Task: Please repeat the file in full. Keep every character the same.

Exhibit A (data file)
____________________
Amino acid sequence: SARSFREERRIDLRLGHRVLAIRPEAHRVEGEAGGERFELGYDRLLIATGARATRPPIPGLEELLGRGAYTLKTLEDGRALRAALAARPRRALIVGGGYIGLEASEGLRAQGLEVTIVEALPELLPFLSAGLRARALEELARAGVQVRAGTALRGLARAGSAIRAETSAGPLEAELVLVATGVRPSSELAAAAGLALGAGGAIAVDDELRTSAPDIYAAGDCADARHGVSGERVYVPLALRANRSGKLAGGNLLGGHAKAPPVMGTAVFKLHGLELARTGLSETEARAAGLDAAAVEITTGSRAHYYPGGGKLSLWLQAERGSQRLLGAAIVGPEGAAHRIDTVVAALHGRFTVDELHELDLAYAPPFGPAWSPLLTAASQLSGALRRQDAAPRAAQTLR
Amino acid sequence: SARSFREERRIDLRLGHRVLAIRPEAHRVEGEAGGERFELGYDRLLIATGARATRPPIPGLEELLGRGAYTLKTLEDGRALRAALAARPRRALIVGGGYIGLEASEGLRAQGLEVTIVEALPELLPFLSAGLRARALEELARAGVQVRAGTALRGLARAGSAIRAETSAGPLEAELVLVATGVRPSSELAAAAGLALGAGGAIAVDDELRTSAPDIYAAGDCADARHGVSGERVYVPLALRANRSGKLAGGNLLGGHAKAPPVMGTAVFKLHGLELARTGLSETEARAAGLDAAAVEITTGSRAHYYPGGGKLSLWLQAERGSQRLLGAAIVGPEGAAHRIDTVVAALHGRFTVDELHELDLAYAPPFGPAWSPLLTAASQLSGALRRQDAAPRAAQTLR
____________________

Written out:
Amino acid sequence: SARSFREERRIDLRLGHRVLAIRPEAHRVEGEAGGERFELGYDRLLIATGARATRPPIPGLEELLGRGAYTLKTLEDGRALRAALAARPRRALIVGGGYIGLEASEGLRAQGLEVTIVEALPELLPFLSAGLRARALEELARAGVQVRAGTALRGLARAGSAIRAETSAGPLEAELVLVATGVRPSSELAAAAGLALGAGGAIAVDDELRTSAPDIYAAGDCADARHGVSGERVYVPLALRANRSGKLAGGNLLGGHAKAPPVMGTAVFKLHGLELARTGLSETEARAAGLDAAAVEITTGSRAHYYPGGGKLSLWLQAERGSQRLLGAAIVGPEGAAHRIDTVVAALHGRFTVDELHELDLAYAPPFGPAWSPLLTAASQLSGALRRQDAAPRAAQTLR
Amino acid sequence: SARSFREERRIDLRLGHRVLAIRPEAHRVEGEAGGERFELGYDRLLIATGARATRPPIPGLEELLGRGAYTLKTLEDGRALRAALAARPRRALIVGGGYIGLEASEGLRAQGLEVTIVEALPELLPFLSAGLRARALEELARAGVQVRAGTALRGLARAGSAIRAETSAGPLEAELVLVATGVRPSSELAAAAGLALGAGGAIAVDDELRTSAPDIYAAGDCADARHGVSGERVYVPLALRANRSGKLAGGNLLGGHAKAPPVMGTAVFKLHGLELARTGLSETEARAAGLDAAAVEITTGSRAHYYPGGGKLSLWLQAERGSQRLLGAAIVGPEGAAHRIDTVVAALHGRFTVDELHELDLAYAPPFGPAWSPLLTAASQLSGALRRQDAAPRAAQTLR